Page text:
Editorial: I have met The Tomato Woman, and she had Girl Girl’s Weird Thing
Published 7:54 am Tuesday, July 18, 2023
Finally, my life is more complete.
For I have met The Tomato Woman.
And she was kind and good.
With a spirit that inspires.
Regular readers know that despite myself, every year at about this time, I write about the tomato. More specifically, the homegrown tomato.
Sometimes it’s the tomato sandwich (I just finished one. It had an egg on top, just so I could call it breakfast.).
Sometimes it’s the varieties of tomatoes. Those slices on that last sandwich were Cherokee Purple, which has become the most popular of the heirloom varieties. Let’s just hope it stays true to its heritage, because it really is a good tomato.
Sometimes it’s about my trips to find the perfect tomato plant, which in reality, makes little sense because I don’t know exactly what the perfect tomato plant should look like. I’ve picked losers and winners, but it’s still fun to look.
But The Tomato Woman, She Knows.
Surrounded by hundreds of feathery leaves.
Reaching for the sky, searching for the sun.
Each with its own flavor, and history, too.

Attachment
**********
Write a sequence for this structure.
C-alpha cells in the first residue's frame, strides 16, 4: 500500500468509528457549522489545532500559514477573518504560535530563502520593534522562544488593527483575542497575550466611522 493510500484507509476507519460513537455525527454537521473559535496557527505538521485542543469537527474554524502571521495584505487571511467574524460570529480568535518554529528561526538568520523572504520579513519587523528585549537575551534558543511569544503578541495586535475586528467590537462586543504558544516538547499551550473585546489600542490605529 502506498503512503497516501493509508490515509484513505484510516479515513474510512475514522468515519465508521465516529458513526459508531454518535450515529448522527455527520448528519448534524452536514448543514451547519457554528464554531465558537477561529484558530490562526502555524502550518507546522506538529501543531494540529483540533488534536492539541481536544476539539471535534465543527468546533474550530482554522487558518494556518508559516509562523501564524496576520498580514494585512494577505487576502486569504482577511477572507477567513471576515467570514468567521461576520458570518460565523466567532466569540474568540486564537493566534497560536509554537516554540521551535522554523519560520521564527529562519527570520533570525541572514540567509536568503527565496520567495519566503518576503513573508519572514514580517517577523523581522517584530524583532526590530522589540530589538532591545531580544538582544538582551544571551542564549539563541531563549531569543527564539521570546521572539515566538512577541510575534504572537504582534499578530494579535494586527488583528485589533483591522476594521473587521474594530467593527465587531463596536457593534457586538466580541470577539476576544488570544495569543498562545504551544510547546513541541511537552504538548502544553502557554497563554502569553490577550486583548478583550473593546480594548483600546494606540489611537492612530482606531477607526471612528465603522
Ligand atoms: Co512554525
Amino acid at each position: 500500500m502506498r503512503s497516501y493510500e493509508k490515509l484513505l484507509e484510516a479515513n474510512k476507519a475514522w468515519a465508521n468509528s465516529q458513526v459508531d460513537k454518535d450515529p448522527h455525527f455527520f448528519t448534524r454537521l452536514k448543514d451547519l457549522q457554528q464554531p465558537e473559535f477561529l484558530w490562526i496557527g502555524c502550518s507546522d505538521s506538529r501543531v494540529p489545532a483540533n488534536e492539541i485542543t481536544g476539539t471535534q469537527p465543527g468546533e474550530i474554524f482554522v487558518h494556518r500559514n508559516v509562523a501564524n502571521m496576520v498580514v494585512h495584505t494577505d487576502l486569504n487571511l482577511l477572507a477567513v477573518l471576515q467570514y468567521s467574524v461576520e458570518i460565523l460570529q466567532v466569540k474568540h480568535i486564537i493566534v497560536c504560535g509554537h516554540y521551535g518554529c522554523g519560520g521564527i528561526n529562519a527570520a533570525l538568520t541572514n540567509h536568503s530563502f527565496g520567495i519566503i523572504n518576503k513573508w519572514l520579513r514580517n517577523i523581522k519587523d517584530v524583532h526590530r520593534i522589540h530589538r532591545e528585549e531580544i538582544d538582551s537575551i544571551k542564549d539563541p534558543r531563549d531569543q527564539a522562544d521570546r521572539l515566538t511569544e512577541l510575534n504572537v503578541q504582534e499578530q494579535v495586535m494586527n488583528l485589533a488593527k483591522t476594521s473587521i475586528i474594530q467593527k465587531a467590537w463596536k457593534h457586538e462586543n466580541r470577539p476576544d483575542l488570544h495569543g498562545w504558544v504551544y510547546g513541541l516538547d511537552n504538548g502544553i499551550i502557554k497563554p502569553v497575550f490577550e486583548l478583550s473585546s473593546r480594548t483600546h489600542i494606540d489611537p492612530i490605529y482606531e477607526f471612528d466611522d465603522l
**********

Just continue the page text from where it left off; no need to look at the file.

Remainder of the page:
I can’t remember the first time I ate a tomato, I really can’t. I know that by the time I finished high school, tomato sandwiches were a summer staple. I’ll never forget going to a friend’s house, there were three of us, and his mom asked who wanted a tomato sandwich. She emptied a whole loaf of bread before we were finished.
I wonder if “city kids” had experiences like that?
My hope is that more and more of them are. There’s a trend for people to grow their own food, no matter the space. Even a small balcony can withstand a pot that can hold … wait for it … a tomato plant. You’ll need some sun for it to thrive, but it will grow just fine. They even have varieties that will withstand such conditions, and not get out of hand. (P.S. That same pot will hold fall, winter and spring veggies, as well. So will your outdoor gardens, so get to it people.).
But I digress.
My first tomato this year went to the wildlife. We bought one large plant early on, hoping for an early harvest. That worked. Like usual, I had been watching that tiny green orb, about the size of a ping pong ball, get larger and larger until finally it was nearing the size of a softball. And then it started to change colors. First a light pink, then darker. Then I noticed that it was turning red on the bottom. I felt it, and decided it needed about a day or two more on the vine.
I went back the next evening to make the harvest, already salivating at the thought of that first sandwich. I reached down to gently nudge it off the vine and my fingers smushed into the bottom. I wasn’t the first to salivate over that tomato. The trademark jagged bite marks on the very bottom of the tomato (It was hanging low on the vine, just above the ground.) meant that a tortoise had a meal first.
But thank goodness, all was not lost.
For The Tomato Woman was there.
With plants that appeared to be from heaven.
Kentucky Orange. Black Magic. Terhune.
Buffalo Soldier. Sungold. Grosse Verte Rose.
And what is destined, for obvious reasons.
To become my all-time favorite.
Girl Girl’s Weird Thing.
Thank you, Tomato Woman.
– Mike Barnhardt